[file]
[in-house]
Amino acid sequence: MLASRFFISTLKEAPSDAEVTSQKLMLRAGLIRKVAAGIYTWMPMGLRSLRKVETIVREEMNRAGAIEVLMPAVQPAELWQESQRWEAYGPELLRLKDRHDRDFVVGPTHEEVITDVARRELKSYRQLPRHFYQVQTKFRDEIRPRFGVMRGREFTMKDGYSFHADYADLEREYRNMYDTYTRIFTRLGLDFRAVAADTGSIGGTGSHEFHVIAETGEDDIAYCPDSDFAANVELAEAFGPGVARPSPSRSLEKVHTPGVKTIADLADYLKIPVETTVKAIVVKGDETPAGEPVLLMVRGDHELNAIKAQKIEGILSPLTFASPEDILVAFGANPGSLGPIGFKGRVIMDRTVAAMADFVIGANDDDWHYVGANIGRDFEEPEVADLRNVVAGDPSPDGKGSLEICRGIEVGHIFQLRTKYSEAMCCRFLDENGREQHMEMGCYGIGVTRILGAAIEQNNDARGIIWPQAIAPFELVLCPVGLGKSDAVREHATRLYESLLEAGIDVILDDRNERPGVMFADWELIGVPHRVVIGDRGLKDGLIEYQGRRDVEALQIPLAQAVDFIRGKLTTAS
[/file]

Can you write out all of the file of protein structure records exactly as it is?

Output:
[in-house]
Amino acid sequence: MLASRFFISTLKEAPSDAEVTSQKLMLRAGLIRKVAAGIYTWMPMGLRSLRKVETIVREEMNRAGAIEVLMPAVQPAELWQESQRWEAYGPELLRLKDRHDRDFVVGPTHEEVITDVARRELKSYRQLPRHFYQVQTKFRDEIRPRFGVMRGREFTMKDGYSFHADYADLEREYRNMYDTYTRIFTRLGLDFRAVAADTGSIGGTGSHEFHVIAETGEDDIAYCPDSDFAANVELAEAFGPGVARPSPSRSLEKVHTPGVKTIADLADYLKIPVETTVKAIVVKGDETPAGEPVLLMVRGDHELNAIKAQKIEGILSPLTFASPEDILVAFGANPGSLGPIGFKGRVIMDRTVAAMADFVIGANDDDWHYVGANIGRDFEEPEVADLRNVVAGDPSPDGKGSLEICRGIEVGHIFQLRTKYSEAMCCRFLDENGREQHMEMGCYGIGVTRILGAAIEQNNDARGIIWPQAIAPFELVLCPVGLGKSDAVREHATRLYESLLEAGIDVILDDRNERPGVMFADWELIGVPHRVVIGDRGLKDGLIEYQGRRDVEALQIPLAQAVDFIRGKLTTAS